THERE WAS practically no inflation over the past year, which means that 60 million people living on Social Security won't be getting an annual inflation adustment in their benefits. You'd think that's a good-news story, or at least a neutral one — what's not to like about older Americans essentially holding steady economically?
Alas, due to a little-known law, this seemingly benign situation is actually creating a bit of havoc elsewhere in the federal entitlement system, specifically in Medicare. In years when Social Security beneficiaries get no inflation bump, their Medicare premiums can't go up — except for roughly a third of retirees, who must shoulder all of the burden of rising costs. Consequently, about 15 million seniors are looking at premium spikes of up to 50 percent for Part B, the program that covers outpatient care. A typical increase would be from about $105 per month to $159, according to a Congressional Research Service report. And older Americans are howling in protest, to a Congress that's already having trouble meeting deadlines regarding the budget and the federal debt ceiling.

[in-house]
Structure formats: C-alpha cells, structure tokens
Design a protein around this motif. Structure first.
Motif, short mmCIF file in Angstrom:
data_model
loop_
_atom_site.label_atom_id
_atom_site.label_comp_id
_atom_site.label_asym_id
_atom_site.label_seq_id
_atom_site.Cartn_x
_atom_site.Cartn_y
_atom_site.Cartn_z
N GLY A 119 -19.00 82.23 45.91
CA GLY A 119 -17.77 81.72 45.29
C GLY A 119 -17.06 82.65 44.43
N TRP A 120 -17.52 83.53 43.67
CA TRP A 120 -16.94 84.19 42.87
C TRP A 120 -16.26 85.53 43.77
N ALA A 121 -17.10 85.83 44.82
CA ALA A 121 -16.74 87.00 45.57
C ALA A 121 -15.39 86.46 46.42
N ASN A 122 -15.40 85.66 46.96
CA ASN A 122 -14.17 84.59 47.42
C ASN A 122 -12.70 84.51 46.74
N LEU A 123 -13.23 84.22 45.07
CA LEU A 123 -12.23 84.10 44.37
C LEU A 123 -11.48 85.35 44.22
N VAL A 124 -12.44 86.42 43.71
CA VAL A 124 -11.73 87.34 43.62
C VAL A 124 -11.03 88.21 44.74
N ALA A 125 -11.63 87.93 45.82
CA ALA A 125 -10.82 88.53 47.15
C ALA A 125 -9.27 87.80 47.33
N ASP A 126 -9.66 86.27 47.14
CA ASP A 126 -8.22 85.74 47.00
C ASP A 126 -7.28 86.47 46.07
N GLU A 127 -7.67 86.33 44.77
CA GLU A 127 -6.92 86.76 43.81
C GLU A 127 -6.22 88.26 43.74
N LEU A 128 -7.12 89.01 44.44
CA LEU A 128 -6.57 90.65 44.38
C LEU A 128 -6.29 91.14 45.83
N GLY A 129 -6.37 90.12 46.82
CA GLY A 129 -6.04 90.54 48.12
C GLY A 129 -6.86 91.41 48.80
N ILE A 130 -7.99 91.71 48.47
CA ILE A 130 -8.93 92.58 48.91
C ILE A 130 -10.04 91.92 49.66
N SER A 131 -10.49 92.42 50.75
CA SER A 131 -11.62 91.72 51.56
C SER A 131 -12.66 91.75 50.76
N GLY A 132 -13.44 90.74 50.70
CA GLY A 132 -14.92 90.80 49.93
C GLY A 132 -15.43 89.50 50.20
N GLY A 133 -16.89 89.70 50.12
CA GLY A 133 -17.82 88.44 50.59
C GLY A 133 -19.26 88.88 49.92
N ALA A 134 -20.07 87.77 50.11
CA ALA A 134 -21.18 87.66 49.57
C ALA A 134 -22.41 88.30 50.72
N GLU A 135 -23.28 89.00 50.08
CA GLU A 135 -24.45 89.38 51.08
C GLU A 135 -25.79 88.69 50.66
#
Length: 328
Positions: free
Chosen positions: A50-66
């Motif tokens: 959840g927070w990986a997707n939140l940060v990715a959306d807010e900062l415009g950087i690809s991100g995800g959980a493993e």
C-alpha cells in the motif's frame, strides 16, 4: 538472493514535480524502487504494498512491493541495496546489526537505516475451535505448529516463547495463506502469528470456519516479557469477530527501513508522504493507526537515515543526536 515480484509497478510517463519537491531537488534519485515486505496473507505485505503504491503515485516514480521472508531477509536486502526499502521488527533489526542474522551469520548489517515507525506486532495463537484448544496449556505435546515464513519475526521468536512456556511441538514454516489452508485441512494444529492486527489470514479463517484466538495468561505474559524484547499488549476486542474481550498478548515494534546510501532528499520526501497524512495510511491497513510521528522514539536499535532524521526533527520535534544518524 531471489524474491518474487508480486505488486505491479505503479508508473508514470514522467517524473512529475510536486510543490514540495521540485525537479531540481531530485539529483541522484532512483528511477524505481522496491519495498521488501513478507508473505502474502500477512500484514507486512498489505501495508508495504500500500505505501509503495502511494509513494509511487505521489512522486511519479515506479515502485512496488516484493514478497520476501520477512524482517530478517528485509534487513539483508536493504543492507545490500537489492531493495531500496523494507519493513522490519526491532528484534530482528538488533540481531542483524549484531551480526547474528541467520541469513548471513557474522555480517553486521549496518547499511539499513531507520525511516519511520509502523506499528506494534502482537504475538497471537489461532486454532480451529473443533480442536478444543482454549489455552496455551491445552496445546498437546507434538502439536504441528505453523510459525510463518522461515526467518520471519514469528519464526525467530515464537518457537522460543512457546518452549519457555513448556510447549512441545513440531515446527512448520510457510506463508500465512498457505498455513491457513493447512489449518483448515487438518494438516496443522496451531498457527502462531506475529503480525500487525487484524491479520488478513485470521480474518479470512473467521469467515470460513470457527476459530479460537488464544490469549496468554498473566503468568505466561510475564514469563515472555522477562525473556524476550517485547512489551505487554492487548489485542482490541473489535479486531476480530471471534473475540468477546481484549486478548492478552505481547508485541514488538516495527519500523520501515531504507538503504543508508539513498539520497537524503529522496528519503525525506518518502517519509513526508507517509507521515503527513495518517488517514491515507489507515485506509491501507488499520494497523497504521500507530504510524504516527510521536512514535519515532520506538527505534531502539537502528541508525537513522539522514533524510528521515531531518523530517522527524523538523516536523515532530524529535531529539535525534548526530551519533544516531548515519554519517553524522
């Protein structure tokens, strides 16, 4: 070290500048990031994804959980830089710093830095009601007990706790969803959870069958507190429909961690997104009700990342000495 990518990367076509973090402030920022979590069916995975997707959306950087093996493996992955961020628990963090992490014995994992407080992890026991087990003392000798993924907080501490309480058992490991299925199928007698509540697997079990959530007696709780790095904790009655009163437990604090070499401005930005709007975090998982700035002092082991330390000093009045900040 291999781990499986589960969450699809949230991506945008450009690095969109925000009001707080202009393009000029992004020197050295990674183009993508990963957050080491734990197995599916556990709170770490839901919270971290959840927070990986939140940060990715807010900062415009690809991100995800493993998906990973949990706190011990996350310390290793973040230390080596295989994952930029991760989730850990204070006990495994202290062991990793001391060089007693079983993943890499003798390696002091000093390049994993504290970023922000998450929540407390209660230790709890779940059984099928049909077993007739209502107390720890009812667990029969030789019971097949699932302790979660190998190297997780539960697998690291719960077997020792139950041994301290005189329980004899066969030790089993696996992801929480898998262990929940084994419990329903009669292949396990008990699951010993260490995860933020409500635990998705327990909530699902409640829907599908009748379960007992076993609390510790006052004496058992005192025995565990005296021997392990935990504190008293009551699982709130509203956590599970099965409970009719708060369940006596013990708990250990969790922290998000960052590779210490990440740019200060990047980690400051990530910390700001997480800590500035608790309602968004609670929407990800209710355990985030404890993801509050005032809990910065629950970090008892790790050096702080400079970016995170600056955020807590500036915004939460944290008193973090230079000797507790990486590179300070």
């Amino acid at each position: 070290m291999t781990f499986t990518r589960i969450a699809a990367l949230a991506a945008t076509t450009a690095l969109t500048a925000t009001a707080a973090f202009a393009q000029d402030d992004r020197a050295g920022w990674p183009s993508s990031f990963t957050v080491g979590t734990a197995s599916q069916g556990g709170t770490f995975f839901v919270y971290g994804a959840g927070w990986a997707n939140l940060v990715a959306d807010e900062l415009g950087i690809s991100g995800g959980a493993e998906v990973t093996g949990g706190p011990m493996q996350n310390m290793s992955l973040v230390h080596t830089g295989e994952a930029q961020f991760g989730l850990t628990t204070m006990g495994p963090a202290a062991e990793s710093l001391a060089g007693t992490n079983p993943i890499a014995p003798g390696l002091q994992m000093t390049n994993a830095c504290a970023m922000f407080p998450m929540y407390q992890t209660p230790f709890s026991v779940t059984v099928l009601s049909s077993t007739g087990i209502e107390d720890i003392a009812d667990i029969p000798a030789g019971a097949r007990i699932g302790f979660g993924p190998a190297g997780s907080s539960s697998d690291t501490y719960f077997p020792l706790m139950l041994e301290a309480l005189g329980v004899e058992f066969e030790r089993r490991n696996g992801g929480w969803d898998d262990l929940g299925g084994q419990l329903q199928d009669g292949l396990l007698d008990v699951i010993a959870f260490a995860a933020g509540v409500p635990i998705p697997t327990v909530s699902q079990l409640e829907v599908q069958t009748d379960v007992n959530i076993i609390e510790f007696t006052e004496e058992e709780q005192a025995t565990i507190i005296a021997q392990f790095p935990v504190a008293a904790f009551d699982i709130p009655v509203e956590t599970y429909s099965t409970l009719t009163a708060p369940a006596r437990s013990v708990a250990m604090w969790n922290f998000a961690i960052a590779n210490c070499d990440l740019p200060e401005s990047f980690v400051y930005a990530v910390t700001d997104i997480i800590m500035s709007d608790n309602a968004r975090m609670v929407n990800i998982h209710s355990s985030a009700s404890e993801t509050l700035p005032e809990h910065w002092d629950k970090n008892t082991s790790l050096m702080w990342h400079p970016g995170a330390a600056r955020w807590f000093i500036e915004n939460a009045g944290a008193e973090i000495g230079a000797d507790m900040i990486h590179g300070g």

The first step in thinking about this problem is to keep it in perspective. Yes, a 50 percent increase is abrupt, but all seniors would have faced a 15 percent increase if Social Security benefits had received an inflation adjustment. What's more, about a third of those facing a premium spike are either high-income retirees, who may appropriately be expected to pay more, or brand-new enrollees, who aren't really being hit with an increase because they weren't in the program before. (Welcome to Medicare, guys!) About two-thirds of the affected population are elderly poor people for whom Medicaid pays Medicare benefits; in their case, what we're really looking at is a major shifting of costs to the states, which would have to pay about $2.3 billion extra.
Three principles should guide Congress in considering a fix. First, in a situation in which everyone was expecting a 15 percent premium increase, no one now slated to pay more is entitled to a zero increase, especially not better-off seniors who can reasonably pay more. Second, the poorest beneficiaries, who are the majority of those affected, should be protected. And third, the entire cost of the fix — $7.5 billion, assuming that Congress does, in fact, limit the increase for the 15 million seniors to 15 percent — should be paid for with offsets elsewhere in the budget, preferably from other health-care programs. This glitch is no reason to dip into Medicare’s reserve fund, as some have suggested.
As it happens, President Obama’s last budget recommended a phased-in increase in Part B deductibles for new beneficiaries, starting in 2019, which would save $7 billion all by itself. Adopting a change like that could help pay for a fix, while giving Medicare a measure of what it really needs: structural reform.
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